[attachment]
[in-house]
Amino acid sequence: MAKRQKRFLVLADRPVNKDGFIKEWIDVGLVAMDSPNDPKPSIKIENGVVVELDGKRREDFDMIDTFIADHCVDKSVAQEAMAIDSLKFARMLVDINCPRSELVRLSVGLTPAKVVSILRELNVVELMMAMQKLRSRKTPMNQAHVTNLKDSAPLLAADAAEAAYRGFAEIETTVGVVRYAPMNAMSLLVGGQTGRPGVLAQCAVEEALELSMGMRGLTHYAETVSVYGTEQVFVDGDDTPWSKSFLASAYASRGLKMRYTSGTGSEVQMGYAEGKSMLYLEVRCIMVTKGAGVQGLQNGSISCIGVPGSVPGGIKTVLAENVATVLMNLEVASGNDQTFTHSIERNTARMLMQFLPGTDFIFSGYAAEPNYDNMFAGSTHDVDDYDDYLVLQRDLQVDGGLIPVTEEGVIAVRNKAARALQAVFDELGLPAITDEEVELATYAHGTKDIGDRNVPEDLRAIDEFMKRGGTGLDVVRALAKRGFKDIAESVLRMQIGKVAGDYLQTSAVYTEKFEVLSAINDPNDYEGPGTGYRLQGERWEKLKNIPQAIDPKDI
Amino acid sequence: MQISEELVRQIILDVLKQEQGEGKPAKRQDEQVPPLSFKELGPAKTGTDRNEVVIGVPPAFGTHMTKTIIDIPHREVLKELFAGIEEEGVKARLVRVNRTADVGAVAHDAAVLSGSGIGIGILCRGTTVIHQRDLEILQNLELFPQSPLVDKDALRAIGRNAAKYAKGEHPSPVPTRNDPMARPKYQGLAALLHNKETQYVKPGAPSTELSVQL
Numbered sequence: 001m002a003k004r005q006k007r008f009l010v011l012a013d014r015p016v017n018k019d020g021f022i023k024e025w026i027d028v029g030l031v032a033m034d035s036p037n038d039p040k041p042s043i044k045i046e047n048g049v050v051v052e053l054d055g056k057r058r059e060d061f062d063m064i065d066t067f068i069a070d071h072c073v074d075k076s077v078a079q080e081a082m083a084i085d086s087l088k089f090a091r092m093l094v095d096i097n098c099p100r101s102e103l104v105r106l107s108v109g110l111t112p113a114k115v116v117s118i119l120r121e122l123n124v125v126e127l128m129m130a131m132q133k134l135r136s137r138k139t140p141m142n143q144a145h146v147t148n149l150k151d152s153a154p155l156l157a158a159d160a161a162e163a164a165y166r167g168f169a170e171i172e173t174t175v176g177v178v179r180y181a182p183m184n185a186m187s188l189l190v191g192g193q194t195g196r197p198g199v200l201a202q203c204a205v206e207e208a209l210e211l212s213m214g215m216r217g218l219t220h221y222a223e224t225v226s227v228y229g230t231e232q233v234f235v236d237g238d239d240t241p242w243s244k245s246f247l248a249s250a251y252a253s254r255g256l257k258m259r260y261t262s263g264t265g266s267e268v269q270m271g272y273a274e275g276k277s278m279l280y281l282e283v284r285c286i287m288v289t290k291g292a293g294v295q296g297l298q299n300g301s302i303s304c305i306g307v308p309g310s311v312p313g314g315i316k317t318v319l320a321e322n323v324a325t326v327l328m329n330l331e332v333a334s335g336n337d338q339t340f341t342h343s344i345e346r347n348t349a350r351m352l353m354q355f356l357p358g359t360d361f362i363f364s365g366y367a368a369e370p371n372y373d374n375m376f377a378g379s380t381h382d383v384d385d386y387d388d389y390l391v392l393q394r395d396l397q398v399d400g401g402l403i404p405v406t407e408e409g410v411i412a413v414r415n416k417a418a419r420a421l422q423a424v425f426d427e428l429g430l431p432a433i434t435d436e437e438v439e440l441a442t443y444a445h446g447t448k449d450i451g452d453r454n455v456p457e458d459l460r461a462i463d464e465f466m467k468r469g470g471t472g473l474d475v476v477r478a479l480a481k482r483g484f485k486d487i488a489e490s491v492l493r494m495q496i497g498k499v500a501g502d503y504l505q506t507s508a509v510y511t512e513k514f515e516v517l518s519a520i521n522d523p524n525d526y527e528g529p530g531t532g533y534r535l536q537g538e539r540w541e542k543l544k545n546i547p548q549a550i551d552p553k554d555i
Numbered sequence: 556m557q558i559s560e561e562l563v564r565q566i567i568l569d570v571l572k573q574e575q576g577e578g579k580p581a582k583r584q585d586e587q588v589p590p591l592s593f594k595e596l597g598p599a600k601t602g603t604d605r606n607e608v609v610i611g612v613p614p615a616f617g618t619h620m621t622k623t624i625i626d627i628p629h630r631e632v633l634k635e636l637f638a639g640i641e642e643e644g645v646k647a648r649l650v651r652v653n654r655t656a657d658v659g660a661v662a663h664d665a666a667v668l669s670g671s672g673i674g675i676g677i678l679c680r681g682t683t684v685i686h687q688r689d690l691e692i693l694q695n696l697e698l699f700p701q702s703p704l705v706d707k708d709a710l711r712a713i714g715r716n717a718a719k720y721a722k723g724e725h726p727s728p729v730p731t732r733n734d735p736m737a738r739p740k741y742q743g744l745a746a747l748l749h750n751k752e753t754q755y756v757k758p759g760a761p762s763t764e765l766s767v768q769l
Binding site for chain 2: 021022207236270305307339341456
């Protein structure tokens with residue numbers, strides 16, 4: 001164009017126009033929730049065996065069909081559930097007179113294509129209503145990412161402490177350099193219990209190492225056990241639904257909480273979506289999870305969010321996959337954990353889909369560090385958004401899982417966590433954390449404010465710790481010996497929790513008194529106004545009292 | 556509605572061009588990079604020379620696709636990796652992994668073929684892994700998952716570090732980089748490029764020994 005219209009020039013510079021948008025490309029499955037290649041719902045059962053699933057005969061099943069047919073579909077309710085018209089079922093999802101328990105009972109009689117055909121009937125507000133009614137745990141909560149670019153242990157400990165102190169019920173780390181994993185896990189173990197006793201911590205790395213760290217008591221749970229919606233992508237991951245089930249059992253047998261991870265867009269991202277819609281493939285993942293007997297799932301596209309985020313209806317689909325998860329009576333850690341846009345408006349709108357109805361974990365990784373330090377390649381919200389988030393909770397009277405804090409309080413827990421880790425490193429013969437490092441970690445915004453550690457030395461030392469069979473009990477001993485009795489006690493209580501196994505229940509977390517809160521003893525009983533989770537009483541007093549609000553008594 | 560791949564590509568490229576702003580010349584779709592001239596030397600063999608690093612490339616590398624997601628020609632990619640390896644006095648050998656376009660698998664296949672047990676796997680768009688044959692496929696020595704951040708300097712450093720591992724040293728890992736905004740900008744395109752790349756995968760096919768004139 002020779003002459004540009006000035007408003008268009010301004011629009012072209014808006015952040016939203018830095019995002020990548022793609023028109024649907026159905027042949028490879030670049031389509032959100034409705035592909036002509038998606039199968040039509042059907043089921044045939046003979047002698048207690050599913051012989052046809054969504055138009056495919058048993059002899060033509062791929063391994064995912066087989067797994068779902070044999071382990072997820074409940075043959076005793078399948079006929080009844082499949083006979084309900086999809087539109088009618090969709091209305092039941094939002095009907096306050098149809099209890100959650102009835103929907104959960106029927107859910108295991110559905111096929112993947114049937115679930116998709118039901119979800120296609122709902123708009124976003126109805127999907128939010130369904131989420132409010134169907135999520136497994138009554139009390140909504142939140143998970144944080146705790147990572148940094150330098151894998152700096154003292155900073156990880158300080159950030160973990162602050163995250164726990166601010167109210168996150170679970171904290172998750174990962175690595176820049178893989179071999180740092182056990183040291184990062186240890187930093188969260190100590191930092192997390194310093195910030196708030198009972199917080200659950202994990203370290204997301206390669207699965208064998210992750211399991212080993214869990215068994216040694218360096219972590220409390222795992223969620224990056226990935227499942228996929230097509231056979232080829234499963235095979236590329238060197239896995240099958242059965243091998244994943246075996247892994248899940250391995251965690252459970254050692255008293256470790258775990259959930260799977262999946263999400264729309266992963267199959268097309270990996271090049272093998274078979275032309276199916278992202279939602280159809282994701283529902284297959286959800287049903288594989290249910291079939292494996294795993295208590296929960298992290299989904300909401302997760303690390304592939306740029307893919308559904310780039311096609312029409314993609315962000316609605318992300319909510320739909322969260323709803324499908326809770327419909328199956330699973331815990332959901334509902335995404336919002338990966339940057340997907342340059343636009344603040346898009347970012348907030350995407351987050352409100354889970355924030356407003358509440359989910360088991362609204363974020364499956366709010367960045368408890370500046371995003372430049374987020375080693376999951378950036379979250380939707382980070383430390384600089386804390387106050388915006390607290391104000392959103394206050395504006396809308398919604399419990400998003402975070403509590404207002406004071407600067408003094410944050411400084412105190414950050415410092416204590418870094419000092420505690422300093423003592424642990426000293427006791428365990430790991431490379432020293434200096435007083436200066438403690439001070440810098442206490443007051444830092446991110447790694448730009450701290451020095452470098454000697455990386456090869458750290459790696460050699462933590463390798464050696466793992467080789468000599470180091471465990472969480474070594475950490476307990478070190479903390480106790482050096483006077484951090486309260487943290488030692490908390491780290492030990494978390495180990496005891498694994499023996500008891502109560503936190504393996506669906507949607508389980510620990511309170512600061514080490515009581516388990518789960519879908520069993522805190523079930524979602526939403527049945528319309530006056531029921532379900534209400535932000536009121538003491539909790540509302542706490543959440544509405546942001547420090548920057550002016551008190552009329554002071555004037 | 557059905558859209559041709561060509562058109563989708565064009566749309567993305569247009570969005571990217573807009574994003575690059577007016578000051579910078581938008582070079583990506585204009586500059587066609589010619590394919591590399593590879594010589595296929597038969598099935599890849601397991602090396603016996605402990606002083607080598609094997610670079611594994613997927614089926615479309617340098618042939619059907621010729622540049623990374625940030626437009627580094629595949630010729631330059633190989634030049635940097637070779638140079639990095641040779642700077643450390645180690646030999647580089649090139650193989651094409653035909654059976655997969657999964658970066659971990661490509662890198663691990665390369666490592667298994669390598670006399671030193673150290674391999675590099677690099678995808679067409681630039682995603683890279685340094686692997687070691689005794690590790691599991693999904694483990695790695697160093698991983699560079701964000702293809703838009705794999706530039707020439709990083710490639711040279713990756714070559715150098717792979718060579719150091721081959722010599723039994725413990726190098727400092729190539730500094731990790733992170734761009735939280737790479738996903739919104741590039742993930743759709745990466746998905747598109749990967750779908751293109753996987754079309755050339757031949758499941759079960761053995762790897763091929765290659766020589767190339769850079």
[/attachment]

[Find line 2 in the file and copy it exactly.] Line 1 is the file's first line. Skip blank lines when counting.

Amino acid sequence: MAKRQKRFLVLADRPVNKDGFIKEWIDVGLVAMDSPNDPKPSIKIENGVVVELDGKRREDFDMIDTFIADHCVDKSVAQEAMAIDSLKFARMLVDINCPRSELVRLSVGLTPAKVVSILRELNVVELMMAMQKLRSRKTPMNQAHVTNLKDSAPLLAADAAEAAYRGFAEIETTVGVVRYAPMNAMSLLVGGQTGRPGVLAQCAVEEALELSMGMRGLTHYAETVSVYGTEQVFVDGDDTPWSKSFLASAYASRGLKMRYTSGTGSEVQMGYAEGKSMLYLEVRCIMVTKGAGVQGLQNGSISCIGVPGSVPGGIKTVLAENVATVLMNLEVASGNDQTFTHSIERNTARMLMQFLPGTDFIFSGYAAEPNYDNMFAGSTHDVDDYDDYLVLQRDLQVDGGLIPVTEEGVIAVRNKAARALQAVFDELGLPAITDEEVELATYAHGTKDIGDRNVPEDLRAIDEFMKRGGTGLDVVRALAKRGFKDIAESVLRMQIGKVAGDYLQTSAVYTEKFEVLSAINDPNDYEGPGTGYRLQGERWEKLKNIPQAIDPKDI